Author: E.E. Smith
ISBN: 0979859913
Publisher: Hannover House

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The title of award-winning playwright, E. E. Smith's new book, Boardinghouse Stew, may have you thinking it is some sort of cookbook. However, as the author relates, it is part of a phrase describing the uncertainty of World War II -- "as unpredictable as boardinghouse stew."

Through the eyes of, Eileen (the author), I was taken on a journey in the summer of 1943, when she was 11 years old. Eileen took a job as a cook and housekeeper at a boardinghouse (the proprietor preferred the term "guesthouse") and became part of a family with all those that lived there.

I learned more about this time in our country's history by reading Boardinghouse Stew, than I from any of my high school history classes. Rationing books, blackout curtains, air raid drills and victory gardens were terms I had vague knowledge of, and through the storytelling of Ms. Smith, I had a deeper understanding and a sad realization of hideous "relocation centers" our country created to imprison Japanese/American families. They might as well have called them concentration camps, because that is what they were.

This autobiographical book paints a picture of the six occupants of the boardinghouse, Mrs. Mumson, the lady of the house and Eileen. Each member of the household had his or her own dreams and secrets that Eileen could hear through the swinging doors to the kitchen, hung on "rusty hinges that never seemed to close." There were three women and three men living in an outwardly proper and respectable existence in Mrs. Mumson's boardinghouse, whom she liked to refer to as her "girls" and her "boys." There they were. Iris, the ambitious air raid warden. Margaret the "voice with a smile" telephone operator. Pasty, the bombshell stenographer. Charismatic Teddy, who always seemed to know someone who owed him a favor. Doc, the intern who was clumsily smitten with Patsy. Howard, the self-important cannery supervisor. As eclectic a mix of characters as you'd ever want to come across. Ms. Smith's Boardinghouse Stew weaves a tale of how these very different people worked together to help each other through many ups and downs, as they became a family.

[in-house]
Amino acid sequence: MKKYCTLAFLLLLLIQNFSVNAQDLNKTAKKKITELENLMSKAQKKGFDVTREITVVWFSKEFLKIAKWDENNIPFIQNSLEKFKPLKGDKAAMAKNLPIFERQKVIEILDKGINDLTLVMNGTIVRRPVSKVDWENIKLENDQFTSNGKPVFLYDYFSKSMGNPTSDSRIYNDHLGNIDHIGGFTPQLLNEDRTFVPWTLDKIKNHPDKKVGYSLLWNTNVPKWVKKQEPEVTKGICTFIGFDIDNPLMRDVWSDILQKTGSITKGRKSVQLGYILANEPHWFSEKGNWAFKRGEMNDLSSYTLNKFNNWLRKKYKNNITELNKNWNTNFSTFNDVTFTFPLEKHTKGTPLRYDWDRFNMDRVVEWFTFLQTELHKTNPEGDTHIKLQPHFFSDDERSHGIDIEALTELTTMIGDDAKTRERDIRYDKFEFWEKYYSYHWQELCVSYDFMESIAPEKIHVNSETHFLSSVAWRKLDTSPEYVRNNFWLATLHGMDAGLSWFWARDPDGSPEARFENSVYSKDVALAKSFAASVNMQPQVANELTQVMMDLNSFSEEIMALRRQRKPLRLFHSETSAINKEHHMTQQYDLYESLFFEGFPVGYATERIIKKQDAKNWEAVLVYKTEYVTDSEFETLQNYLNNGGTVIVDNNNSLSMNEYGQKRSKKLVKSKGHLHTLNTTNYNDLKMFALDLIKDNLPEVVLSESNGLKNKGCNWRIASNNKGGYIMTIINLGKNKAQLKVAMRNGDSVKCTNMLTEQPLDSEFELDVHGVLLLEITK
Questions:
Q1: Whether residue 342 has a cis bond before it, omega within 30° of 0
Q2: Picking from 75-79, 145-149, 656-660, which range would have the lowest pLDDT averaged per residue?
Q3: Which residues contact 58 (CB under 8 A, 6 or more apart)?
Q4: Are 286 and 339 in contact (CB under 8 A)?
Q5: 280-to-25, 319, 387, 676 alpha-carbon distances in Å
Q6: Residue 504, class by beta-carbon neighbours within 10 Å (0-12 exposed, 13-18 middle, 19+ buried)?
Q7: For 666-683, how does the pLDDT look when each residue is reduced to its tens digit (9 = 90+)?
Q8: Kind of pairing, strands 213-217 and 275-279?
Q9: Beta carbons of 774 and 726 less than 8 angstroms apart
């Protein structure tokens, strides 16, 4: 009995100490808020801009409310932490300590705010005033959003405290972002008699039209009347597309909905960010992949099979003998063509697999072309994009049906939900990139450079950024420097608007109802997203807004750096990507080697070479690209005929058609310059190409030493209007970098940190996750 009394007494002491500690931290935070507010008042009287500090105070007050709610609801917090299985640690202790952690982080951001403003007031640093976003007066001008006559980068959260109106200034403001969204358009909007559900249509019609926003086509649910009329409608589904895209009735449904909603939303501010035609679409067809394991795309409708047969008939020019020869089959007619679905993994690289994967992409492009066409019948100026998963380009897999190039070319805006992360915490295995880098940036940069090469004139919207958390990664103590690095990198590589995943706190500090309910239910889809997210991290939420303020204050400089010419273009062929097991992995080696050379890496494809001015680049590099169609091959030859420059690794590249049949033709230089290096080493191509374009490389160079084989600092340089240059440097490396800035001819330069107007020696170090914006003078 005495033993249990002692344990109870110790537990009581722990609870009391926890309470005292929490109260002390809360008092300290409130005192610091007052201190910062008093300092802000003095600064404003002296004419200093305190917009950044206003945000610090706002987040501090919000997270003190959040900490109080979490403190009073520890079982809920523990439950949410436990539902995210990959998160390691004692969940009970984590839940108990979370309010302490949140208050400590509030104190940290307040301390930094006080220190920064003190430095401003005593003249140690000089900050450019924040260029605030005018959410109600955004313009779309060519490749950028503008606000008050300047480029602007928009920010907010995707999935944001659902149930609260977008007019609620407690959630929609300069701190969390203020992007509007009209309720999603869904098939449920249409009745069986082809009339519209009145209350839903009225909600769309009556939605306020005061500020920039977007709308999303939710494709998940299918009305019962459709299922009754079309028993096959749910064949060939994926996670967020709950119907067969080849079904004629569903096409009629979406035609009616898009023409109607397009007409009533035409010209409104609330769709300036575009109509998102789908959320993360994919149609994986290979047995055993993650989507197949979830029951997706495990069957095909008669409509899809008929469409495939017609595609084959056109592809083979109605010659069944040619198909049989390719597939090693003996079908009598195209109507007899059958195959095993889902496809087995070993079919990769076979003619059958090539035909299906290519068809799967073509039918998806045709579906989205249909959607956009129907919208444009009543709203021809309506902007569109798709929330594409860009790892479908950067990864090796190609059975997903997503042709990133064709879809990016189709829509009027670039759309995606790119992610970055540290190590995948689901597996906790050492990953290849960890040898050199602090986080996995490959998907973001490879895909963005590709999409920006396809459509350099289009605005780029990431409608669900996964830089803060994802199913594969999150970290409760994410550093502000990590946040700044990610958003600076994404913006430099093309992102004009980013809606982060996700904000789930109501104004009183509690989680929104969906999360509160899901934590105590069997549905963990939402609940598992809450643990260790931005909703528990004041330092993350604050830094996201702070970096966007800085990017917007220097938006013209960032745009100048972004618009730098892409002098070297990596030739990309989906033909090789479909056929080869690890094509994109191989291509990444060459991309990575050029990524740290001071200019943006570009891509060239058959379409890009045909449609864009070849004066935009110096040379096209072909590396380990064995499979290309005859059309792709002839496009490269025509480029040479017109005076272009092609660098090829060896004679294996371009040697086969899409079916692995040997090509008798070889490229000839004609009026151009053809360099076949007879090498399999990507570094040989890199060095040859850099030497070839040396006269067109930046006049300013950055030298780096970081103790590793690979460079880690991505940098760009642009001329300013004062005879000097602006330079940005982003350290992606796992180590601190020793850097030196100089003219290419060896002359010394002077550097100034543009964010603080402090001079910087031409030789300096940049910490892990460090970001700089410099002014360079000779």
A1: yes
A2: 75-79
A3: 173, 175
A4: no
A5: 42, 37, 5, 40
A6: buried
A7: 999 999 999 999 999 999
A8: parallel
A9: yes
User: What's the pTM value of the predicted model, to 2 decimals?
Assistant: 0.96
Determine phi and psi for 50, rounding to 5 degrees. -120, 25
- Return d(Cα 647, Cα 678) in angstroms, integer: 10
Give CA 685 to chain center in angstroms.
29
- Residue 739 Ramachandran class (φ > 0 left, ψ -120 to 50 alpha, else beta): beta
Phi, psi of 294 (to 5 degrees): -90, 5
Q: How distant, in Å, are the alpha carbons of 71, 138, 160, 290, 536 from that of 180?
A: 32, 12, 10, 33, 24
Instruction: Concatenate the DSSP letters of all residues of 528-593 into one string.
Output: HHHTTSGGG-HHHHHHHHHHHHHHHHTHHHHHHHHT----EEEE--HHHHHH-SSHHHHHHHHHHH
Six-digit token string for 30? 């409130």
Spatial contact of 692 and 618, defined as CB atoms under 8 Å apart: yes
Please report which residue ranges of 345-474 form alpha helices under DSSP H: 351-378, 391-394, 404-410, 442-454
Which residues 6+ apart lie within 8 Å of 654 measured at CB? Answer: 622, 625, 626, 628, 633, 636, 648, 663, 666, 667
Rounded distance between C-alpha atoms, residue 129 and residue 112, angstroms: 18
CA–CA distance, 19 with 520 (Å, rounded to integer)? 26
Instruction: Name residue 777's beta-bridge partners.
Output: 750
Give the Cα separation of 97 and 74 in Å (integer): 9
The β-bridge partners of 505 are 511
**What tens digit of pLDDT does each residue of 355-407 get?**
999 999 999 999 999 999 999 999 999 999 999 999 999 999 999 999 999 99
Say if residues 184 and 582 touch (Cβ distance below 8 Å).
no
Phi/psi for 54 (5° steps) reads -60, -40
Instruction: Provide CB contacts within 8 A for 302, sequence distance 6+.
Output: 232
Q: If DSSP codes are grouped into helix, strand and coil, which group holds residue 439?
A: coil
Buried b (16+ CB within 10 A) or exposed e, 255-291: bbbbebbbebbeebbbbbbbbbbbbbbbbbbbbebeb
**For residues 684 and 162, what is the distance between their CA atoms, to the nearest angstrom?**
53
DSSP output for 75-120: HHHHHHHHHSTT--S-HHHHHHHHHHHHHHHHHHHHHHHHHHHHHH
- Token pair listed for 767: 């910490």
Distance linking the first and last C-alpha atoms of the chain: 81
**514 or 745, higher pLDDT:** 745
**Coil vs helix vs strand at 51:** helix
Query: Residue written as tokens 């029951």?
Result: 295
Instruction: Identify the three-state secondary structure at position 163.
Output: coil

Ms. Smith included many photos throughout the book, which further painted a picture of this historical time in our country's past. I giggled at the concoctions Eileen prepared for meals and the reactions of the guests. Eileen stretched the rationing stamps of the whole household by utilizing the wartime recipes and suggestions of the newspaper's, "Miss Kitchen" column. Just imagine a scrumptious looking homemade cherry ice cream that was actually made with beets.

I highly recommend Boardinghouse Stew. It was an enjoyable read that I had trouble putting down, leaving me with a desire to know more about the characters' lives after the last page.

 Click Here To Purchase Boardinghouse Stew